From: http://www.suntimes.com/news/metro/18057355-418/2800-students-could-be-delayed-in-getting-licenses-to-work-as-medical-residents.html

A fight over funding for a state regulatory agency could strain academic medical centers this summer if there’s a delay in roughly 2,800 students getting the license necessary to work as medical residents.
A $9.6 million budget gap forced the Illinois Department of Financial and Professional Regulation — which licenses and disciplines doctors — to lay off 18 of its 26 medical unit employees in January. Two competing bills in the state Legislature aim to fill the gap, and pit House Speaker Michael Madigan (D-Chicago) and the department against the Illinois State Medical Society.

Saturday, February 9, 2013

Death Certificates Often Inaccurate

My opinion:  I've honestly never thought about this before.  My dad is rather knowledgeable of the legal system, and I'm sure that this is so important, to some extent, because of the legal consequences that might follow.  What if this causes the family to believe they have a history of conditions that never existed?  Could the family sue if they are incorrectly diagnosed down the road?  Maybe this is a stretch, although there are other reasons mentioned.  For example, this could alter statistical data, which in turn could mislead health providers into focusing on less important diseases or conditions.  I also wonder if, due to the stress of treating the patient, doctors relax a little too early when the patient dies and simply try to zip through the death certificate process.  Any thought?  Feel free to comment.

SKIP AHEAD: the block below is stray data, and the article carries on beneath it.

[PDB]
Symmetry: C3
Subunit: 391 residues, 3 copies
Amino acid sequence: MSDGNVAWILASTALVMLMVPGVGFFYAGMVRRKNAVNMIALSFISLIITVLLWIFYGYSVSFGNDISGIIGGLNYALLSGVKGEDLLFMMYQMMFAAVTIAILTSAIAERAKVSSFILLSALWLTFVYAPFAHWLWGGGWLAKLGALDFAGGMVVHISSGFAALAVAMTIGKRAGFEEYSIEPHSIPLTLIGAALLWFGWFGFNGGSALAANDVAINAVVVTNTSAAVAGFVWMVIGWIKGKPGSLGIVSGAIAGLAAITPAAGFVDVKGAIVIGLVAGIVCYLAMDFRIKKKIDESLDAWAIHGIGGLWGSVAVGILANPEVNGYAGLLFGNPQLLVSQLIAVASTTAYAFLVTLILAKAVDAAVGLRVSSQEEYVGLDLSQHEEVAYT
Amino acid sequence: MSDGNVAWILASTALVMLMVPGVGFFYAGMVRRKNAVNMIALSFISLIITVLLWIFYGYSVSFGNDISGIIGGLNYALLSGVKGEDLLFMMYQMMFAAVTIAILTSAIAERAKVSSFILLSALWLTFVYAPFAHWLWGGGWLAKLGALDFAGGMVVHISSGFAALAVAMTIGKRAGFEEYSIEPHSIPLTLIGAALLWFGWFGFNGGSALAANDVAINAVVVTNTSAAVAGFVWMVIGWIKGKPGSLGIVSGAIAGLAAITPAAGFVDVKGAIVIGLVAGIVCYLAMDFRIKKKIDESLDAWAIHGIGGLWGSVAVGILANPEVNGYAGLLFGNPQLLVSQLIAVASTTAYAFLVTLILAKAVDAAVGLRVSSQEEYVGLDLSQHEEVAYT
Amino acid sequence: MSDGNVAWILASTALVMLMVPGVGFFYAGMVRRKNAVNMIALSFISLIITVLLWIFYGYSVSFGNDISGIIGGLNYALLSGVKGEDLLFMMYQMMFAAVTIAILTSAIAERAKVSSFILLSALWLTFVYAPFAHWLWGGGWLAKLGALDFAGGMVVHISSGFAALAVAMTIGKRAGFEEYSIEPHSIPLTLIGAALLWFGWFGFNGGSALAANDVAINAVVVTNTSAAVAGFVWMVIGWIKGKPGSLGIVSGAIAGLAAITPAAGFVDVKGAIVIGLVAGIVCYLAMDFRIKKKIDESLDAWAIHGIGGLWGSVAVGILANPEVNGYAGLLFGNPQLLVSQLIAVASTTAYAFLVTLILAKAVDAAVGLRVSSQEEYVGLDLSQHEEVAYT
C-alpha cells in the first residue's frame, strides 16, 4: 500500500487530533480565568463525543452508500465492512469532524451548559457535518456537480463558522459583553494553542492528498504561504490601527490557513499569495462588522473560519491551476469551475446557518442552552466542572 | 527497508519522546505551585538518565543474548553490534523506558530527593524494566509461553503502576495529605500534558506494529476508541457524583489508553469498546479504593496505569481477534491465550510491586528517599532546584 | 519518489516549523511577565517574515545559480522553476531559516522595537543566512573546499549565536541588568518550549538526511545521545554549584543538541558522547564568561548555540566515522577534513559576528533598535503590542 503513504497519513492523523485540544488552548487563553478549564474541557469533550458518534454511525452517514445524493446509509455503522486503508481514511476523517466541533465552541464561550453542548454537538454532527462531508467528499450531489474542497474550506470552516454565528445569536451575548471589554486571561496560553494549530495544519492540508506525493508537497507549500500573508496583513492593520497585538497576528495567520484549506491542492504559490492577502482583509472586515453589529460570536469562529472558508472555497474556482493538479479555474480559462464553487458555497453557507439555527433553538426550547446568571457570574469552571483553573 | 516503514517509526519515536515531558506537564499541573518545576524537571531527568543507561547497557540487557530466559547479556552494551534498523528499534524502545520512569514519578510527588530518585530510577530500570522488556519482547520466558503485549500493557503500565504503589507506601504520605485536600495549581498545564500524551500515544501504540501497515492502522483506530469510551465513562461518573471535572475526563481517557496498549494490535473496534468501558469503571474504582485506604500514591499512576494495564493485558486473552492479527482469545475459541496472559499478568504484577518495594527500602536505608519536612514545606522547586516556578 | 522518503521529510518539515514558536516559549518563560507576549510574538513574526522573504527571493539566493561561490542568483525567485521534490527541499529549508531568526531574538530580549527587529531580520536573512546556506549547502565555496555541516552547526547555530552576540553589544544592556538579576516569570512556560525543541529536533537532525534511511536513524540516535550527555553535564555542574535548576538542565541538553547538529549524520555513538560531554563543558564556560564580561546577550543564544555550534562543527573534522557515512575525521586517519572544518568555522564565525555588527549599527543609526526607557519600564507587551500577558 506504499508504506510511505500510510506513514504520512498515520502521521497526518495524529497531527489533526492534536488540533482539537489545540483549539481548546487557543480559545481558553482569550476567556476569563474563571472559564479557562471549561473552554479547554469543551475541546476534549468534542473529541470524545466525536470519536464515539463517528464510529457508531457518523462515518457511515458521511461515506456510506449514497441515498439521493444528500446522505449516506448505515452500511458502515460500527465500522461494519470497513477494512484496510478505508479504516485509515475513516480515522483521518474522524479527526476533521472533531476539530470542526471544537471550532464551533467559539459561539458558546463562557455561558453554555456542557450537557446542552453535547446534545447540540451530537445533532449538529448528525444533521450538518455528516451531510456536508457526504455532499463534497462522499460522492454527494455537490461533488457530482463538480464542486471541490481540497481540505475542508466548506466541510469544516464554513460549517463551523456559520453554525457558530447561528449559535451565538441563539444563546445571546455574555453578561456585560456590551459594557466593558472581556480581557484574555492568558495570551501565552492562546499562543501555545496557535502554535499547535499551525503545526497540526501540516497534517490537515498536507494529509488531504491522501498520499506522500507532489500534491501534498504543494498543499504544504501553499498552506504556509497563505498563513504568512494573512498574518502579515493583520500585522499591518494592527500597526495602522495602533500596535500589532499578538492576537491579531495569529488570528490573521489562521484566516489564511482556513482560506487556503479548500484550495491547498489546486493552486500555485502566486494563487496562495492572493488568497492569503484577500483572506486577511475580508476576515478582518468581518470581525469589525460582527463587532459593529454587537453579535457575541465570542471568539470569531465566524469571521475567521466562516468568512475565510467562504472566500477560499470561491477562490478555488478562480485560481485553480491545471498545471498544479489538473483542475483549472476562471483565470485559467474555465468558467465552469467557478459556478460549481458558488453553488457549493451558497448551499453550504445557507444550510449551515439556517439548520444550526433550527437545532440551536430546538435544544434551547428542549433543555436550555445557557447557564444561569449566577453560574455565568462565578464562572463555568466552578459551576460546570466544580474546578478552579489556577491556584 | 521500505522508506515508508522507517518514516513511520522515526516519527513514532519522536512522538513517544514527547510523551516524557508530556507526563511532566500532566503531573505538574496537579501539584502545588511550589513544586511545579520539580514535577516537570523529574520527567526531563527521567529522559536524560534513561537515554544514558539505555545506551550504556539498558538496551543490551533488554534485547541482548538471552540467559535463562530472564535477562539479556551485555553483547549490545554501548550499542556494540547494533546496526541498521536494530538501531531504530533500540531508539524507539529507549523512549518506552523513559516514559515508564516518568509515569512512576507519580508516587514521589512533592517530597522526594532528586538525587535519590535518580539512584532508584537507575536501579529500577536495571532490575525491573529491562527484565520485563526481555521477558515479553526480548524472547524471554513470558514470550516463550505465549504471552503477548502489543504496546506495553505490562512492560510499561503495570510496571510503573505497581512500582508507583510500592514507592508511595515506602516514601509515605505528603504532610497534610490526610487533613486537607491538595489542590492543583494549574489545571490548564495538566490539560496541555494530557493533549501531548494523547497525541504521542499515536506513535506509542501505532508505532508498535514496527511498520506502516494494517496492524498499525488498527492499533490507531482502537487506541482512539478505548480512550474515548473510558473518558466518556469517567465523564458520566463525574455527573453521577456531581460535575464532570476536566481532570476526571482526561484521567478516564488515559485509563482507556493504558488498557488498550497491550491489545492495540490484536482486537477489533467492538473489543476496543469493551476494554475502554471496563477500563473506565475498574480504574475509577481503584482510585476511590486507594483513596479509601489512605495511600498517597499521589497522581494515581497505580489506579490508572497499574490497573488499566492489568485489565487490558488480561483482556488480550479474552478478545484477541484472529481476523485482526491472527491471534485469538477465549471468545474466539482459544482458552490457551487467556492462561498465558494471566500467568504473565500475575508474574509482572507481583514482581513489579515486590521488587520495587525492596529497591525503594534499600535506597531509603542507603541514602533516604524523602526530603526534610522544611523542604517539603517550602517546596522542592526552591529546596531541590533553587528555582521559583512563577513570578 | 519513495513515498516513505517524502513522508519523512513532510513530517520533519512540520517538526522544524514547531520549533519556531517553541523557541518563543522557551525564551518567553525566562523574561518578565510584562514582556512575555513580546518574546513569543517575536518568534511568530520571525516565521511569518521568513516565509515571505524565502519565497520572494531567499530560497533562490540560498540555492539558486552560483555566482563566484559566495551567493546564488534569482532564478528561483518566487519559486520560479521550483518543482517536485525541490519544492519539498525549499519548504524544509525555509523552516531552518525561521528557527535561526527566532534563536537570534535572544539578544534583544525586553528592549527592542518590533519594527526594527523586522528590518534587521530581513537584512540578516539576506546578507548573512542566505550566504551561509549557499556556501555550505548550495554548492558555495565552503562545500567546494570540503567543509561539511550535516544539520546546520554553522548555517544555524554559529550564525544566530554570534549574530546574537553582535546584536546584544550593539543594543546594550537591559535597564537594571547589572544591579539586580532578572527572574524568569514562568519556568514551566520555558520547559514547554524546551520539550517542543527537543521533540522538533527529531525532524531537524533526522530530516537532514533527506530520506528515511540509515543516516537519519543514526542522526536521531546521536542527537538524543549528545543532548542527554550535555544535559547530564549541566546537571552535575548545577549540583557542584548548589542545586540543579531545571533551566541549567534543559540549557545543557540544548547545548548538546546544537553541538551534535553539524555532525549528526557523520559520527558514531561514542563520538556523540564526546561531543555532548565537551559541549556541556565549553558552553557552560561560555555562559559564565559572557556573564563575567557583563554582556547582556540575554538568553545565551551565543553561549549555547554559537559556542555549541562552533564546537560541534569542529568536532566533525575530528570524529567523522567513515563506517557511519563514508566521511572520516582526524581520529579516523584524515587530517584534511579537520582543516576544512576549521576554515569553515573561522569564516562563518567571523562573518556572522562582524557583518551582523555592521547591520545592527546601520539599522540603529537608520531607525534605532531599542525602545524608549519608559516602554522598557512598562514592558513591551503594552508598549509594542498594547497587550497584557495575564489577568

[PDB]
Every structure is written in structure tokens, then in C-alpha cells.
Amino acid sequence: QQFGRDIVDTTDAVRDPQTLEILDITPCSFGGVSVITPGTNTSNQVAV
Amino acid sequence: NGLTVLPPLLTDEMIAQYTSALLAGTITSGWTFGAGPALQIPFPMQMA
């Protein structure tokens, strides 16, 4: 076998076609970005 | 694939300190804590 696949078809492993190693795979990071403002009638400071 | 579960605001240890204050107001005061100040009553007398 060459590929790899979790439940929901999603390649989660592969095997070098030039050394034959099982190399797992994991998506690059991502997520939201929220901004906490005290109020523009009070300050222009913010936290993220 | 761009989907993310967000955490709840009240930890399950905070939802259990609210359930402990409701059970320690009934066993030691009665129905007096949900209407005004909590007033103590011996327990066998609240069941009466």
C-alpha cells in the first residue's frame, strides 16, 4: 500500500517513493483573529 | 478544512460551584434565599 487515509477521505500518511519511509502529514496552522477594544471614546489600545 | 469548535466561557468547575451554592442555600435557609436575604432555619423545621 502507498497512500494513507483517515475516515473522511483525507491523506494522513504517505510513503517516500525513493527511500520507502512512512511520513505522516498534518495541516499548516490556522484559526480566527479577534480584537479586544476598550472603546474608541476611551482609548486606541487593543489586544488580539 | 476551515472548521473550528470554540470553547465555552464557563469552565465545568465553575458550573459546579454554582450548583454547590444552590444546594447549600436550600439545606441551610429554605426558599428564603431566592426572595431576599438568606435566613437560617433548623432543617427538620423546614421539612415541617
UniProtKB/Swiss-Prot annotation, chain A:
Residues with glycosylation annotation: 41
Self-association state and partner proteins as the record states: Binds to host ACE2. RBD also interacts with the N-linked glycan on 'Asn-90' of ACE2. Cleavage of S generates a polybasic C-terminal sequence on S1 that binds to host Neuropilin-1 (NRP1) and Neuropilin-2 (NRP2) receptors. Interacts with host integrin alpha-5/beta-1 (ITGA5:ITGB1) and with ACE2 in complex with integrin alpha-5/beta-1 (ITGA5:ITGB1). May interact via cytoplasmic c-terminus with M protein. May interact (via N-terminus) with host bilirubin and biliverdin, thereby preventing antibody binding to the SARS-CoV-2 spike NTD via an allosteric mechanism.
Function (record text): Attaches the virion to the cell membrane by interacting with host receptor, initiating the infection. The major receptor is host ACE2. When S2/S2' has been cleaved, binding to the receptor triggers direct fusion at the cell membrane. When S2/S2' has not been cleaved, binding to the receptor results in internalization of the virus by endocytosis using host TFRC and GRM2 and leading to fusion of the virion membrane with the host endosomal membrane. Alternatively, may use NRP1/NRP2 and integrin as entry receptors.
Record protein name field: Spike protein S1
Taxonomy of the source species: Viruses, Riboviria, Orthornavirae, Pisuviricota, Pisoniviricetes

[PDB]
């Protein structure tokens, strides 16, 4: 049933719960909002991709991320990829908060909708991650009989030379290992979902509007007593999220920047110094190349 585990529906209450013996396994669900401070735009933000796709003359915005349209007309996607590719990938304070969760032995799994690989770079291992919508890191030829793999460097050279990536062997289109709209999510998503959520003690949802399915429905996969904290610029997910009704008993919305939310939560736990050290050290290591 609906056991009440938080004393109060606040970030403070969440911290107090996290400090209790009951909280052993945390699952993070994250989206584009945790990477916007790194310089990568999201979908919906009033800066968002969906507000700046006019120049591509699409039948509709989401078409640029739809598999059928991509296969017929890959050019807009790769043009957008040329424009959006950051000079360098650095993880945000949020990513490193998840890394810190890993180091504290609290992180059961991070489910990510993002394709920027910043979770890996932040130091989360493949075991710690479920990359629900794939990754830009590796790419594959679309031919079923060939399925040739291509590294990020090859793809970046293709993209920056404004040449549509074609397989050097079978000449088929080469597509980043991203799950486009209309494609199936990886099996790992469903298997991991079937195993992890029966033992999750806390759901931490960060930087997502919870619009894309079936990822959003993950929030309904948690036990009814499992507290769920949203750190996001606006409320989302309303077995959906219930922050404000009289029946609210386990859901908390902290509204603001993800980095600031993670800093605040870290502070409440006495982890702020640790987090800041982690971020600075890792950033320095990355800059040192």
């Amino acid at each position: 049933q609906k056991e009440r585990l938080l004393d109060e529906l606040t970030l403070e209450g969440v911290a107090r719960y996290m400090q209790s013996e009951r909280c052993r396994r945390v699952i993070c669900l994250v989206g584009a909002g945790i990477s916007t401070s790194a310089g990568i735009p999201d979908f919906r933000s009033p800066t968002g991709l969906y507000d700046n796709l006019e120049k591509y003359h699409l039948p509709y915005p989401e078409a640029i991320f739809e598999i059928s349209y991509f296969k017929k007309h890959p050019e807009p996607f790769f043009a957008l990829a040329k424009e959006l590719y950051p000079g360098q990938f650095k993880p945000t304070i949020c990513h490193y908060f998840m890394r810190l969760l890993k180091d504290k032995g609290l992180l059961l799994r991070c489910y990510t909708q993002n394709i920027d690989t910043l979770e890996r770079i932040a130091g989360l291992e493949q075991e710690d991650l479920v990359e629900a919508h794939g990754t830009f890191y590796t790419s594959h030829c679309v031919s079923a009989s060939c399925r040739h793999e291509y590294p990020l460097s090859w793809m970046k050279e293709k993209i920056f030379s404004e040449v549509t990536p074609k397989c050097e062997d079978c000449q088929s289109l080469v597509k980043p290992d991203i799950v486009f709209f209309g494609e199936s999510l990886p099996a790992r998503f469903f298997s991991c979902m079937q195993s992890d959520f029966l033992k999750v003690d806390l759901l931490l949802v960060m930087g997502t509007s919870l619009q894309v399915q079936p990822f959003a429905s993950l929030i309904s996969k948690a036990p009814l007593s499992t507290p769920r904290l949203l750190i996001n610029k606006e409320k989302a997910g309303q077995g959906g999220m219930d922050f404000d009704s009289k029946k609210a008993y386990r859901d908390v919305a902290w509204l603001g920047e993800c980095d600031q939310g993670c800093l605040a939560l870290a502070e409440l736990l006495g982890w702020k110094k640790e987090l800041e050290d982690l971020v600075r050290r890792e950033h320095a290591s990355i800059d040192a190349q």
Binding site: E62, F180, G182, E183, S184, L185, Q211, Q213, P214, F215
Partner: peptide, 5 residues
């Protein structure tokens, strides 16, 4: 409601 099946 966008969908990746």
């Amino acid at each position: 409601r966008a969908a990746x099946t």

From: http://www.ama-assn.org/amednews/2013/01/21/prsa0121.htm
Death certificates are vital documents that serve as the primary source of information for families, insurance companies and authorities about a patient’s cause of death. The information also helps policymakers set public health goals and research funding priorities.
But signing a death certificate is not always a straightforward process.
Physicians often face uncertainties about an individual’s cause of death or how to answer the portions of certificates they are responsible for. Although the basic format has changed little in the last few decades, doctors face difficulties as some states attempt to convert from paper to electronic certificates.
Doctors need to recognize the importance of the documents and be as specific as possible, said Gregory McDonald, DO, chief deputy coroner of Montgomery County in Pennsylvania.
Information on death certificates is reported to the CDC and used in compiling national mortality data.
“Their duty doesn’t end when the patient dies,” Dr. McDonald said. “A lot of physicians when they’re signing a death certificate don’t realize that what they put down has some real, long-term ramifications.”

Wednesday, February 6, 2013

Pharmaceutical Companies Bribing Medical Students

My opinion:  This actually might be a bigger issue than I've realized.  I know that in many situations, professionals are not allowed to accept gifts from other groups or individuals, but I didn't know that they could do so with medical students.  I remember when I was shadowing at the hospital, and before meetings (which included about a dozen or so doctors), there would be representatives from drug companies or medical technology companies presenting their products.  These meetings would also have free food, although I don't entirely remember if it was brought by the doctors or the representatives.  Nonetheless, pharma really does reach out to the medical community, even in person.  I'm glad this study was done - I hope that this helps to remove some obstacles involved in diagnosing and treating patients.

From: http://www.boston.com/whitecoatnotes/2013/02/06/study-gift-bans-medical-school-affect-doctors-later-prescribing-patterns/jLkieCKS3et4AcvONiz3hN/story.html

Doctors who attended medical schools that limited gifts to students from pharmaceutical companies -- sponsored lunches, for example -- may be less susceptible to drug marketing, a study published last week in the BMJ found.
Researchers from Yale University looked at the prescribing practices of doctors who had attended one of 14 schools that were early adopters of such policies. They looked at how often the physicians prescribed Vyvanse or Invega, two heavily marketed drugs used to treat attention deficit hyperactivity disorder and schizophrenia, over older, similar drugs.